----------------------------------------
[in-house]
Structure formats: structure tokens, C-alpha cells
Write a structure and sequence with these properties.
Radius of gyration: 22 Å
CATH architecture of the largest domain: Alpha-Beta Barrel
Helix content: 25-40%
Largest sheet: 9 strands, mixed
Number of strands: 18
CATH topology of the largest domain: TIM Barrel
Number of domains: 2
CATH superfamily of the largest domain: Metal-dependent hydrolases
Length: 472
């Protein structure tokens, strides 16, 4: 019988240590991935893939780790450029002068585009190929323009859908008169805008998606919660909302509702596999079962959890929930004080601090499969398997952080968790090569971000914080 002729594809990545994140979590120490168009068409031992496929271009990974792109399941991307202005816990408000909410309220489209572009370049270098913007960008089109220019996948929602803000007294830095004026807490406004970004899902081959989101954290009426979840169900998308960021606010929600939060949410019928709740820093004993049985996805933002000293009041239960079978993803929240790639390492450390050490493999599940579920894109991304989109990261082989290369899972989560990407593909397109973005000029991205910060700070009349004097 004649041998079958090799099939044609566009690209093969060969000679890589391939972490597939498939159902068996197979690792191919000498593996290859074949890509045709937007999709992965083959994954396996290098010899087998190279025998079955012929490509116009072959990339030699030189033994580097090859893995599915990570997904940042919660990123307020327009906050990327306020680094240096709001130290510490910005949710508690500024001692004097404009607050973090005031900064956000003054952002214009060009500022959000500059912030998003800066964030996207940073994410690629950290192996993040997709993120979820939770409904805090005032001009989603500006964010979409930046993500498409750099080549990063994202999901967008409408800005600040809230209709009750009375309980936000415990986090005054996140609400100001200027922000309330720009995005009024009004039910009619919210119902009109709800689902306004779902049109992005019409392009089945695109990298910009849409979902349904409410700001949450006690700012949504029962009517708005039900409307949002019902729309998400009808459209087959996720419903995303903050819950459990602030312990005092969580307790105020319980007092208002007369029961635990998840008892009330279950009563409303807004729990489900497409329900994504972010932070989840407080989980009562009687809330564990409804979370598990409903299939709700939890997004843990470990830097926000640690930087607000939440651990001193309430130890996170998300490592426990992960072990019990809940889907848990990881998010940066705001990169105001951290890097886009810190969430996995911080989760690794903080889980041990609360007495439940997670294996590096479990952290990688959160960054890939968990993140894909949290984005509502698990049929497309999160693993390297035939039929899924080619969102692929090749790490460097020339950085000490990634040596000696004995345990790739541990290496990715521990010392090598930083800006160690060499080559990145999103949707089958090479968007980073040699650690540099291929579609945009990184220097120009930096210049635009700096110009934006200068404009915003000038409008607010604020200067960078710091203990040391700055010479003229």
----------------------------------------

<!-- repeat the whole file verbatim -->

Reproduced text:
[in-house]
Structure formats: structure tokens, C-alpha cells
Write a structure and sequence with these properties.
Radius of gyration: 22 Å
CATH architecture of the largest domain: Alpha-Beta Barrel
Helix content: 25-40%
Largest sheet: 9 strands, mixed
Number of strands: 18
CATH topology of the largest domain: TIM Barrel
Number of domains: 2
CATH superfamily of the largest domain: Metal-dependent hydrolases
Length: 472
């Protein structure tokens, strides 16, 4: 019988240590991935893939780790450029002068585009190929323009859908008169805008998606919660909302509702596999079962959890929930004080601090499969398997952080968790090569971000914080 002729594809990545994140979590120490168009068409031992496929271009990974792109399941991307202005816990408000909410309220489209572009370049270098913007960008089109220019996948929602803000007294830095004026807490406004970004899902081959989101954290009426979840169900998308960021606010929600939060949410019928709740820093004993049985996805933002000293009041239960079978993803929240790639390492450390050490493999599940579920894109991304989109990261082989290369899972989560990407593909397109973005000029991205910060700070009349004097 004649041998079958090799099939044609566009690209093969060969000679890589391939972490597939498939159902068996197979690792191919000498593996290859074949890509045709937007999709992965083959994954396996290098010899087998190279025998079955012929490509116009072959990339030699030189033994580097090859893995599915990570997904940042919660990123307020327009906050990327306020680094240096709001130290510490910005949710508690500024001692004097404009607050973090005031900064956000003054952002214009060009500022959000500059912030998003800066964030996207940073994410690629950290192996993040997709993120979820939770409904805090005032001009989603500006964010979409930046993500498409750099080549990063994202999901967008409408800005600040809230209709009750009375309980936000415990986090005054996140609400100001200027922000309330720009995005009024009004039910009619919210119902009109709800689902306004779902049109992005019409392009089945695109990298910009849409979902349904409410700001949450006690700012949504029962009517708005039900409307949002019902729309998400009808459209087959996720419903995303903050819950459990602030312990005092969580307790105020319980007092208002007369029961635990998840008892009330279950009563409303807004729990489900497409329900994504972010932070989840407080989980009562009687809330564990409804979370598990409903299939709700939890997004843990470990830097926000640690930087607000939440651990001193309430130890996170998300490592426990992960072990019990809940889907848990990881998010940066705001990169105001951290890097886009810190969430996995911080989760690794903080889980041990609360007495439940997670294996590096479990952290990688959160960054890939968990993140894909949290984005509502698990049929497309999160693993390297035939039929899924080619969102692929090749790490460097020339950085000490990634040596000696004995345990790739541990290496990715521990010392090598930083800006160690060499080559990145999103949707089958090479968007980073040699650690540099291929579609945009990184220097120009930096210049635009700096110009934006200068404009915003000038409008607010604020200067960078710091203990040391700055010479003229």